My Violin has now been in my possession for almost 3 months.
I tightened my bow, applied fresh rosin to it, and put my chin rest on my violin. I stared down the fingerboard making sure that I was going to hit an open A and then I started down with my bow stroke. It rang out beautifully until I willfully placed my first finger down, shooting for a B and missing terribly.
I quickly corrected my finger placing searching for the correct intonation. On and on I repeated these steps, hitting the note in one instant and then missing the mark in the next.
I practiced Twinkle Twinkle, I Am Like A Star Shining Brightly, and London Bridges. I played for about 15 minutes until I felt that Scott, who was trying to sleep about 5 feet away from where I was practicing, would ultimately get frustrated with my efforts and tell me to be quiet.
"So babe, what did you think of that?", I asked sarcastically, partially expecting abuse and annoyance for interrupting his precious sleep.
"Erin, I could listen to you play all day", he said in a beautiful, sincere and genuine response.
I've been thinking of this continually this week. How could Scott, a seasoned Master of the violin, appreciated my small offering of a few pure notes and a thousand missed ones?
In the book The Continuous Conversion by BradWilcox he says,
To instantly play perfectly?
To just pick up my violin and play like the Master?
In the book, Wilcox uses an analogy that I loved.
"Many people, as they feel themselves falling short of perfection, are tempted to quit trying. But are there only two options?"
He continues, "When a person is learning to play the piano, are the only two options performing at Carnegie Hall or quitting?
NO!" he writes, "Growth and Development take time. Learning takes practice. Discipleship is a journey, and true conversion is a CONTINUOUS PROCESS."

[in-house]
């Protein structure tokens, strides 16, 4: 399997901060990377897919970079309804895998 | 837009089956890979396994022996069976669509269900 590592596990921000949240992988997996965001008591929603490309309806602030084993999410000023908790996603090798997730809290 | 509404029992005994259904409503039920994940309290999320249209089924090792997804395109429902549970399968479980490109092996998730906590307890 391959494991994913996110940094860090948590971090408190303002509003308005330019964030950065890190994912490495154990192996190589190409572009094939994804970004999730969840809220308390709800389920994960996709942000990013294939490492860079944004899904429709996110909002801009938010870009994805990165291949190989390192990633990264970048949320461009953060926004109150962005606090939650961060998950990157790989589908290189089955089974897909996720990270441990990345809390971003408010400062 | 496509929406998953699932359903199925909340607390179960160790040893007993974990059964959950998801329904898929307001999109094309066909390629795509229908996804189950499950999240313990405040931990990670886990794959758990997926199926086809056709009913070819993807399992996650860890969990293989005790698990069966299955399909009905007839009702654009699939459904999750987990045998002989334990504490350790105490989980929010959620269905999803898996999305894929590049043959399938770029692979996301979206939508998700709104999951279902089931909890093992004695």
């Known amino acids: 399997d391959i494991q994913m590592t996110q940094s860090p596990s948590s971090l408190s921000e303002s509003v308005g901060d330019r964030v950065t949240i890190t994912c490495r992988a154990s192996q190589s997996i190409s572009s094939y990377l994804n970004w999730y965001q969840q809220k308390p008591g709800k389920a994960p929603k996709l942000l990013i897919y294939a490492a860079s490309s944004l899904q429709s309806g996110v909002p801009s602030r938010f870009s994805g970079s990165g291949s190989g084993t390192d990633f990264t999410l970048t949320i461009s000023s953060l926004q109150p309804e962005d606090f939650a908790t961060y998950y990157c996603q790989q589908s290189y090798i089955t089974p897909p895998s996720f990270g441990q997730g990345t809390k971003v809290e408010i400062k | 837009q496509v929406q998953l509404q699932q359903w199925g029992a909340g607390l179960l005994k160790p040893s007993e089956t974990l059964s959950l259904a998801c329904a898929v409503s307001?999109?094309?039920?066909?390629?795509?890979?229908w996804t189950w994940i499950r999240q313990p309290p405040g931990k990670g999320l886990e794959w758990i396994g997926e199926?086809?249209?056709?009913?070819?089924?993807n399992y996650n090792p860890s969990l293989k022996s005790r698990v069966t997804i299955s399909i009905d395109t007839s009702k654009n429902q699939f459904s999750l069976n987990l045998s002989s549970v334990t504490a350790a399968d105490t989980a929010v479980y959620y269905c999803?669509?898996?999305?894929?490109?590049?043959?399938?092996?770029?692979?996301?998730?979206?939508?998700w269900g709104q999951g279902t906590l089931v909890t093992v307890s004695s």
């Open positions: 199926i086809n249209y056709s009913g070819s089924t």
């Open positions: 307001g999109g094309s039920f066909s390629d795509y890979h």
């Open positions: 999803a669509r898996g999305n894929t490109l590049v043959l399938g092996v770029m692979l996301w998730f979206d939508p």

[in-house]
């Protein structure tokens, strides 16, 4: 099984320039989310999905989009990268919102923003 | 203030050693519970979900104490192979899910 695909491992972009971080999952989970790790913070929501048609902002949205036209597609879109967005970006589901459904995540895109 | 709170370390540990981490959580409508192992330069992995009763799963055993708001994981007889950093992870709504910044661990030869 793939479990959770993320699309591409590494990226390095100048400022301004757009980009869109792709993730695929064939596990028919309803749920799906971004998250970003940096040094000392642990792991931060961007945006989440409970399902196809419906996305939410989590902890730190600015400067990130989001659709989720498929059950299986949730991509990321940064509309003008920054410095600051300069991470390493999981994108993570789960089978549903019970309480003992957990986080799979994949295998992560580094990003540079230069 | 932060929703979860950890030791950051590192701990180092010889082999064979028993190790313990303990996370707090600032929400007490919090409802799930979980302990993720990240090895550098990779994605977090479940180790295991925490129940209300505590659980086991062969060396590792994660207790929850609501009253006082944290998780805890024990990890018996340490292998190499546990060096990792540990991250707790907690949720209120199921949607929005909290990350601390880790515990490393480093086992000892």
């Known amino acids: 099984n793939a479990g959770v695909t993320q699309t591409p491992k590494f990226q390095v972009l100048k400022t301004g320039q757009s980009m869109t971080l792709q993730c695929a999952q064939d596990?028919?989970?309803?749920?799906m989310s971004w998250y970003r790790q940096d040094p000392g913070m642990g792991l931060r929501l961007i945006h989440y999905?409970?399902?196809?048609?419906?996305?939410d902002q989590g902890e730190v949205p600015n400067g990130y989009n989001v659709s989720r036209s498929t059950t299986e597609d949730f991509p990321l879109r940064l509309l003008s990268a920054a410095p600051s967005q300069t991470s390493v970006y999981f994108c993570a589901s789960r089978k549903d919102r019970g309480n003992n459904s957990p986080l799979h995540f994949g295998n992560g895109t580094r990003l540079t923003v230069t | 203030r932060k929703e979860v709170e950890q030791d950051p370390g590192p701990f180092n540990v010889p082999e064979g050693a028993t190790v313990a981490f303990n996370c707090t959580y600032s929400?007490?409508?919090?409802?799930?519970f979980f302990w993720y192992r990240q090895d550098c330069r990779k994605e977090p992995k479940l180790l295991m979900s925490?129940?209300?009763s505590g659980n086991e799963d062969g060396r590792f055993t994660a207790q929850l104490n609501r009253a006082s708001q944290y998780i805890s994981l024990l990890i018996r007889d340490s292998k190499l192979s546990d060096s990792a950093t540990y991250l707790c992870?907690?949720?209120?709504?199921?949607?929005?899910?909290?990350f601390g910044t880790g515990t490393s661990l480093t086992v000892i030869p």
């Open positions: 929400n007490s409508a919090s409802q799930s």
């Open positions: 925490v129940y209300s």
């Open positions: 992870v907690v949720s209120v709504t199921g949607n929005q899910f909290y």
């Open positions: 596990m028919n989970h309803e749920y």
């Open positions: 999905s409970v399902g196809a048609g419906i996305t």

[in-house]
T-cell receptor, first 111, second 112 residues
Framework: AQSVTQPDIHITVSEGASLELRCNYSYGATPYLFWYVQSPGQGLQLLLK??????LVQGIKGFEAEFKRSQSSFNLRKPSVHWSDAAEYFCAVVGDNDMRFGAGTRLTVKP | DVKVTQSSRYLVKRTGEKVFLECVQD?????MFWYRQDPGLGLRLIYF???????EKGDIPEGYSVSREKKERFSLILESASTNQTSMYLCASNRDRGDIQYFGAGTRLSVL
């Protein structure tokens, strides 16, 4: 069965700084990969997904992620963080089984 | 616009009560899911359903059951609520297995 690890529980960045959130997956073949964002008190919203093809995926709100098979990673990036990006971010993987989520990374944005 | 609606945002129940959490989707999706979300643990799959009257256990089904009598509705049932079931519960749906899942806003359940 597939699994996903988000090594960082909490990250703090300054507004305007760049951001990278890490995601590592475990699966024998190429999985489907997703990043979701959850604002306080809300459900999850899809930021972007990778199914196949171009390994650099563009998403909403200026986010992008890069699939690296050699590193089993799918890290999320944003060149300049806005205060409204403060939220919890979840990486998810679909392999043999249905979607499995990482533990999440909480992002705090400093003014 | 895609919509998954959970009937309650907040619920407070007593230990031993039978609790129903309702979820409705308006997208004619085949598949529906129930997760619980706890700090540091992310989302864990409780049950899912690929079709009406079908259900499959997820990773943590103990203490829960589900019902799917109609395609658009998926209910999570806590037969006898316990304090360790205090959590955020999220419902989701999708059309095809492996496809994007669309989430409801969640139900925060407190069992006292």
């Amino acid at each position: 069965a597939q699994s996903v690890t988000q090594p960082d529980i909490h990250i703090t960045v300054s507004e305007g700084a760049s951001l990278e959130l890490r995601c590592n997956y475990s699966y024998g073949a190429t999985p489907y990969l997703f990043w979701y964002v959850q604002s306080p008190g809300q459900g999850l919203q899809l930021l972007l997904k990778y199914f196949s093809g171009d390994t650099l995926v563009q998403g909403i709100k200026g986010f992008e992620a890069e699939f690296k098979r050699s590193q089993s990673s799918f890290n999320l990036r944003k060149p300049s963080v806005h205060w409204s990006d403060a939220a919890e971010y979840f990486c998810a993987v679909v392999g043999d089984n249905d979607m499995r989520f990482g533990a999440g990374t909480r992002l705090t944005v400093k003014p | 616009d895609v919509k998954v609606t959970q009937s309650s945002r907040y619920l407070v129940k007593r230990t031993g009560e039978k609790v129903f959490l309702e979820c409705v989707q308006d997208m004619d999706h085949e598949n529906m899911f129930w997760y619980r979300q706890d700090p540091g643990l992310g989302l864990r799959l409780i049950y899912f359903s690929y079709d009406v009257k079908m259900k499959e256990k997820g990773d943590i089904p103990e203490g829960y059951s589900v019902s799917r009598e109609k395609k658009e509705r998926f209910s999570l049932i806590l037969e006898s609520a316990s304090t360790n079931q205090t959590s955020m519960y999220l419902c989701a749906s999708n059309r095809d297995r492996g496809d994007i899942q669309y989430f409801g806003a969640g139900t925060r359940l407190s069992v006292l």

So why is it that Scott, who plays the violin Perfectly; the perfect tone, the perfect vibrato...could appreciate and enjoy my squeaks?
Could it possibly be because he has been there?
Could it be because through years and years of practicing he has already paid the price?
Don't you think that one who has paid the price and put in the effort could enjoy the missed notes of a novice more than someone who never played the violin could appreciate the squeaky notes of an imperfect player.
And doesn't the Savior, our Master, appreciate our true, most sincere efforts to continually practice for perfection?
To strive to "learn heaven" and not "earn it."
Perfection takes time. It takes a Continuous Conversion.
And guess what?
The savior appreciates our continued efforts because:
He has been there.
He has already paid the Price.
And just like Scott said that he could listen to me play the violin all day, the Savior invites us too to make our best offering.
And through the atonement of Jesus Christ our tune can be perfected, our efforts magnified and we may all hear those precious words, "Well done thou good and faithful servant: thou hast been faithful over a few things , I will make thee ruler over many things, enter thou into the joy of the Lord." (Matt 25: 21)
|This book was wonderful and I strongly recommend it.|
To purchase go to Deseret Bookstore